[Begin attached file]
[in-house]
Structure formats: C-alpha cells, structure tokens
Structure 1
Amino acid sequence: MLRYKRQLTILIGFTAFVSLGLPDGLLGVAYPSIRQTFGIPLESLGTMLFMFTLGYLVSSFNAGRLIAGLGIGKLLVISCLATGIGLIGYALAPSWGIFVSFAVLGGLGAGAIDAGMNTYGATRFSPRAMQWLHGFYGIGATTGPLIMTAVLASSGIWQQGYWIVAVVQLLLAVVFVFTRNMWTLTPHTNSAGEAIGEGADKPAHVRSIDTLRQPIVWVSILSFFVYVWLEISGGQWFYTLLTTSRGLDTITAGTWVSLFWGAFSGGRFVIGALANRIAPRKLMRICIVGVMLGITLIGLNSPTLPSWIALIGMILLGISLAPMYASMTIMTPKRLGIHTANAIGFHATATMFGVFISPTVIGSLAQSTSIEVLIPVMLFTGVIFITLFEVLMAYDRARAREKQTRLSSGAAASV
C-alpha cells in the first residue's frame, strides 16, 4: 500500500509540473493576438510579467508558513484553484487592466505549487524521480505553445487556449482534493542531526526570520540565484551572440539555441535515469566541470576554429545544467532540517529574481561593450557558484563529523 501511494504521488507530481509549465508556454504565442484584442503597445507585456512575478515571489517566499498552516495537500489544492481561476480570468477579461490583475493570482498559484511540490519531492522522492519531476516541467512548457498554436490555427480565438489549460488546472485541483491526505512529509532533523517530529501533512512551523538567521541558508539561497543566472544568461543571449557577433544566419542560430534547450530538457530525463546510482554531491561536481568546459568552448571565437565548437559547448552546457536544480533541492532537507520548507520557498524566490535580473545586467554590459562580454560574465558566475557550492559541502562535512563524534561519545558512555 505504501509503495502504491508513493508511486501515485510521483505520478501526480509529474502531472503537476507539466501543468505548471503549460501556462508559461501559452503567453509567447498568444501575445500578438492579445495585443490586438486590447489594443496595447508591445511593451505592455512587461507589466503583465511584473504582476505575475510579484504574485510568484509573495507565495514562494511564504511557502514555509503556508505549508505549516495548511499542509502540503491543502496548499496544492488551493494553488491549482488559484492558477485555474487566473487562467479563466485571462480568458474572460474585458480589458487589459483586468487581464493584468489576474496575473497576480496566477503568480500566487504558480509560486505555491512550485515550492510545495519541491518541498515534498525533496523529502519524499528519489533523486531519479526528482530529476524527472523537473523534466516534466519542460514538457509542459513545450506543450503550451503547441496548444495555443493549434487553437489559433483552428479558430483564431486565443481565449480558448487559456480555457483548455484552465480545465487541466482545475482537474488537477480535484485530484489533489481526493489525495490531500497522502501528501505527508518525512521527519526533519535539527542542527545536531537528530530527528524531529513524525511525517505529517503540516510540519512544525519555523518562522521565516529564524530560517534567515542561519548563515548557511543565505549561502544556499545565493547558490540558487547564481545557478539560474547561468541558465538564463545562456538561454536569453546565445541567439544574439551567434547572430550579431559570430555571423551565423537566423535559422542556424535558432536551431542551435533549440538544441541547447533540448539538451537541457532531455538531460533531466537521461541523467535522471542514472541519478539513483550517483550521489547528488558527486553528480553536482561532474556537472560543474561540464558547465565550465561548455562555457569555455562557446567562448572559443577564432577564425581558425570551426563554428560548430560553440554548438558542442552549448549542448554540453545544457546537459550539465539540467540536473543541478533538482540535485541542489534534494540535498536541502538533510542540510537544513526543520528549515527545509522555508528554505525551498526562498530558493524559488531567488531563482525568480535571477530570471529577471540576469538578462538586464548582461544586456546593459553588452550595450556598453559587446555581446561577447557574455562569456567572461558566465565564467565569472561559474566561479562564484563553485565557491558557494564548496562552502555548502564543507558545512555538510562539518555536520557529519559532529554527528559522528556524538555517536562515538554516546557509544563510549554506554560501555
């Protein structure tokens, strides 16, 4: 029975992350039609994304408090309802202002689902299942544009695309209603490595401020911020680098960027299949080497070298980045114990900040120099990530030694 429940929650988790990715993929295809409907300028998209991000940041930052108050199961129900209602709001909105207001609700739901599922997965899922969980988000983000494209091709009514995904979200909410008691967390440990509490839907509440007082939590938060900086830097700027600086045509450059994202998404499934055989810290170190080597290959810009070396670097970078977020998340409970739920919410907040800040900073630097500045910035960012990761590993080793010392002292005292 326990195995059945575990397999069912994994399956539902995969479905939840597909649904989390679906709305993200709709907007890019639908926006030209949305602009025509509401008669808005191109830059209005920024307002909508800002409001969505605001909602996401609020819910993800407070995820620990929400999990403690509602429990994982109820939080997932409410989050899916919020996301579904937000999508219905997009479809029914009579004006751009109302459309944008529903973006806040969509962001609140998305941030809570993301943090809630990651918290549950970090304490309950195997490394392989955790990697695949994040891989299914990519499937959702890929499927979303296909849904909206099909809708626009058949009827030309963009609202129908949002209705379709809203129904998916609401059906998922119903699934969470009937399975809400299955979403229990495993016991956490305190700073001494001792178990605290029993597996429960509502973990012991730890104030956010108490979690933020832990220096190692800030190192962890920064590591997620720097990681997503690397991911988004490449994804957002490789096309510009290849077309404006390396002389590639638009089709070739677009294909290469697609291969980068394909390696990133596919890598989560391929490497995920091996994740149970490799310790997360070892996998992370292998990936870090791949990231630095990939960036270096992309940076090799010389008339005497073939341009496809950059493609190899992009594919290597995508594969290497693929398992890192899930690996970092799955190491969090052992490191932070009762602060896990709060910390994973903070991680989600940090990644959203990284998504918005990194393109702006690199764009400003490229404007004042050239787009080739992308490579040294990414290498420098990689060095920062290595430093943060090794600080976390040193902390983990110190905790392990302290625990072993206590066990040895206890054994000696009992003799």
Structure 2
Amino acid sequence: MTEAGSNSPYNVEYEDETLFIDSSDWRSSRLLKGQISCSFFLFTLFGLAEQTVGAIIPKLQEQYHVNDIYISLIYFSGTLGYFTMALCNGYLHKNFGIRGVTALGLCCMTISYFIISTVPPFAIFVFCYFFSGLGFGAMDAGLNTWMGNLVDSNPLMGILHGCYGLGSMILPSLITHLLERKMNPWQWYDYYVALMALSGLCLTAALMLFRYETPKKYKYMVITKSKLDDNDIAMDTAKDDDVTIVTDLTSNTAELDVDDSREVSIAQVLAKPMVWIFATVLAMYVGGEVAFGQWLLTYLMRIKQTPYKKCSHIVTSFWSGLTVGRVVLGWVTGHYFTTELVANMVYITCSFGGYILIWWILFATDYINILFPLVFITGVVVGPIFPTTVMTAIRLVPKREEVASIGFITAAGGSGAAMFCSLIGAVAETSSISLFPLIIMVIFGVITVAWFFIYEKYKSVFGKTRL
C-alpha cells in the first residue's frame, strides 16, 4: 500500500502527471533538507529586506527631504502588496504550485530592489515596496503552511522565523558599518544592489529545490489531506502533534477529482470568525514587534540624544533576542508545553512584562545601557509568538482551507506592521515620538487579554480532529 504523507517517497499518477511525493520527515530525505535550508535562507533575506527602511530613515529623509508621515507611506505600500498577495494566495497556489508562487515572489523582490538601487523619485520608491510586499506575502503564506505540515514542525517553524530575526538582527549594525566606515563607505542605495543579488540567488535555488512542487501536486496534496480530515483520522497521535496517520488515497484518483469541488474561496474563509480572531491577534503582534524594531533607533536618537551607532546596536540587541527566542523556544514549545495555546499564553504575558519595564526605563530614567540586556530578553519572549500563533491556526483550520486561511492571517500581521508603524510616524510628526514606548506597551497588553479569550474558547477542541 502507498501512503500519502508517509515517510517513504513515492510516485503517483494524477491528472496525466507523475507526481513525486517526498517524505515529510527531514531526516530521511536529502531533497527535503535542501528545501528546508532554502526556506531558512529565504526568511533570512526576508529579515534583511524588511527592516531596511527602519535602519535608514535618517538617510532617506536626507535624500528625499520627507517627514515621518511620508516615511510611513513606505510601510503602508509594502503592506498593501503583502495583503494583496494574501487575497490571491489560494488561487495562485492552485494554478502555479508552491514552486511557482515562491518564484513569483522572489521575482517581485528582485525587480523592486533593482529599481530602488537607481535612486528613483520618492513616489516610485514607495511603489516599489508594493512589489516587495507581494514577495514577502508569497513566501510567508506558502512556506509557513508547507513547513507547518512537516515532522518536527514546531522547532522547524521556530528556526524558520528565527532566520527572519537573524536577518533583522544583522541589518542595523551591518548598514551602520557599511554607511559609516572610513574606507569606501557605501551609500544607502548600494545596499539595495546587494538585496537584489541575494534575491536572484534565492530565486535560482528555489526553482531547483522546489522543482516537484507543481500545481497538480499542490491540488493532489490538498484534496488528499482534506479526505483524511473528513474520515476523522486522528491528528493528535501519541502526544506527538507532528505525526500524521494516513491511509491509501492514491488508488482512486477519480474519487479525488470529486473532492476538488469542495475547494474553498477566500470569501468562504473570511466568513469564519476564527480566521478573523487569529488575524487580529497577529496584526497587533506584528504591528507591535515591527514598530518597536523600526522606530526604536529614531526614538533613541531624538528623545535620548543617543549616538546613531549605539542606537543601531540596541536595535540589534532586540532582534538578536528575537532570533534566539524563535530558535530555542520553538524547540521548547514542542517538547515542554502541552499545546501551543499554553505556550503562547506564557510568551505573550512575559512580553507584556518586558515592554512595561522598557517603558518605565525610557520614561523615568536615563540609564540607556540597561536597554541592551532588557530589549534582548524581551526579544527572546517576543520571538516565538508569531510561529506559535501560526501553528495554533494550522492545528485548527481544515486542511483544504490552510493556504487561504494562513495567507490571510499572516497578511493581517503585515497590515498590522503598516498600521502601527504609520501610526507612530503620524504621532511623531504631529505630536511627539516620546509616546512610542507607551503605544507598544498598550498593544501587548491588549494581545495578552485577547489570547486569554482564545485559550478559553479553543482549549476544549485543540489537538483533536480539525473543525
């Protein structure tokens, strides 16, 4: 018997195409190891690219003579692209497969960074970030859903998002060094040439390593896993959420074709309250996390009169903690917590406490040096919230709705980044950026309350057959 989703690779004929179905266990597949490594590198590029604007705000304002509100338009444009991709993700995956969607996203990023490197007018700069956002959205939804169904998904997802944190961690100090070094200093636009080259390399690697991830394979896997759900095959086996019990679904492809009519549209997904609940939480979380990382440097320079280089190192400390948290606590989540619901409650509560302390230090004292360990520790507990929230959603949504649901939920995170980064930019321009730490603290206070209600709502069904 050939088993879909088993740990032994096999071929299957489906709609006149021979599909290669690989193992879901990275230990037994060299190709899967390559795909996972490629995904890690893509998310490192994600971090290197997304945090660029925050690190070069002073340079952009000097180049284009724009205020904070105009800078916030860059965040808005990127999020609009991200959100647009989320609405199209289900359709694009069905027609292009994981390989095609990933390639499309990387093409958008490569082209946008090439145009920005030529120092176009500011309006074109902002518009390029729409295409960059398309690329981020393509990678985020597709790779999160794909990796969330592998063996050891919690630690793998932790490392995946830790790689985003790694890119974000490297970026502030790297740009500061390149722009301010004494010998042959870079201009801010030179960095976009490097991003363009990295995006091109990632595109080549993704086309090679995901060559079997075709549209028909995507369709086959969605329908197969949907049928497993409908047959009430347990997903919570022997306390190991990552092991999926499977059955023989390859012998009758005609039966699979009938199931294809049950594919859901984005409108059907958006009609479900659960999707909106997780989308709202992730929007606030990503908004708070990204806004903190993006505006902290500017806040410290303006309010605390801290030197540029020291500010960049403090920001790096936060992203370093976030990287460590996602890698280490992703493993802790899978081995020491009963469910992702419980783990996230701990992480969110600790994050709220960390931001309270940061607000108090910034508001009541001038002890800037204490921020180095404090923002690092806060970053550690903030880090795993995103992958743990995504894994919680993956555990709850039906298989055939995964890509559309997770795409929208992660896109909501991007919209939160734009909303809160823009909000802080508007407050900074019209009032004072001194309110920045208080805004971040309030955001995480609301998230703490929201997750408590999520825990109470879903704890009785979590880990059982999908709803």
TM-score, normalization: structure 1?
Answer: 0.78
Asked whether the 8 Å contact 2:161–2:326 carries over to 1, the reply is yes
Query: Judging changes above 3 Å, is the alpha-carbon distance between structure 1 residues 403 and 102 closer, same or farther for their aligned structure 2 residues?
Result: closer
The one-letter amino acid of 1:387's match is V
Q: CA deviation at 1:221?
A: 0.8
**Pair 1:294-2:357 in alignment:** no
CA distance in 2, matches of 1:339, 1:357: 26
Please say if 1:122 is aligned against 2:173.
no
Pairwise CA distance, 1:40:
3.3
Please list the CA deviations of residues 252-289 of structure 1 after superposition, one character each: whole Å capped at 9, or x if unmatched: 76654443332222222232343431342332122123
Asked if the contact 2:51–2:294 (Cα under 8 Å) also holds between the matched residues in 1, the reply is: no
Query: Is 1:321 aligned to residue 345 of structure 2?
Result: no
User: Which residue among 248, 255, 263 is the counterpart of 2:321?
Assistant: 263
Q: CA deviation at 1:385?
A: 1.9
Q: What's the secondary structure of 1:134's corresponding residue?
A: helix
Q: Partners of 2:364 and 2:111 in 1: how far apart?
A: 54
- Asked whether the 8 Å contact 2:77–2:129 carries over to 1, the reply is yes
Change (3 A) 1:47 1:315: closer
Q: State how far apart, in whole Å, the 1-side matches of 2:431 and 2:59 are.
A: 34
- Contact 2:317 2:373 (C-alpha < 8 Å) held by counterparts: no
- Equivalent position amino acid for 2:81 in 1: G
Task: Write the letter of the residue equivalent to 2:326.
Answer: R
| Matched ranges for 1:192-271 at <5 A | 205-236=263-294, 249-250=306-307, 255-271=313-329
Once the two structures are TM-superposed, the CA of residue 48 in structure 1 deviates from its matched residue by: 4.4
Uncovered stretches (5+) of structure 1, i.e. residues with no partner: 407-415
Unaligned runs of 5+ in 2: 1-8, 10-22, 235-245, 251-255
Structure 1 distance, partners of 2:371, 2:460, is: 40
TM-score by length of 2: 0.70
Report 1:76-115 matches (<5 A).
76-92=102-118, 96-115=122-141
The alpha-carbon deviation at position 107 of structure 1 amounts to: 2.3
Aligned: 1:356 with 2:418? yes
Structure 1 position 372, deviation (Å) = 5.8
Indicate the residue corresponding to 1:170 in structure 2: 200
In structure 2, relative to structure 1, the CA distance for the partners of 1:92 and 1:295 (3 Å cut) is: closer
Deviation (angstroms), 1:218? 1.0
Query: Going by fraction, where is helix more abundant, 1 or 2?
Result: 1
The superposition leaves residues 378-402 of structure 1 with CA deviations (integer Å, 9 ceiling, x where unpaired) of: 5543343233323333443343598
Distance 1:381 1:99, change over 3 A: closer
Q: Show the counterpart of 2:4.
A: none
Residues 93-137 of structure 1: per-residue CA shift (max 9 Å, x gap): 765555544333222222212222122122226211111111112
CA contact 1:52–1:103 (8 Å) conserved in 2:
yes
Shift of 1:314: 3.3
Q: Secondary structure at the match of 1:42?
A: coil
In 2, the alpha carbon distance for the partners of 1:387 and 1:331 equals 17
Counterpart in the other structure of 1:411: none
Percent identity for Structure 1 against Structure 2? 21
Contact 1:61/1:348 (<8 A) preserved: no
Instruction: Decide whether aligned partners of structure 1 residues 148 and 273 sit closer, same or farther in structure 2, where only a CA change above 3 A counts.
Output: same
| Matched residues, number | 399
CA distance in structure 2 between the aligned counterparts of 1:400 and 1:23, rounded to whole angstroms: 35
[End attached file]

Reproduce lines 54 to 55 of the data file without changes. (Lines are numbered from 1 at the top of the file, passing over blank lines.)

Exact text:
Aligned: 1:356 with 2:418? yes
Structure 1 position 372, deviation (Å) = 5.8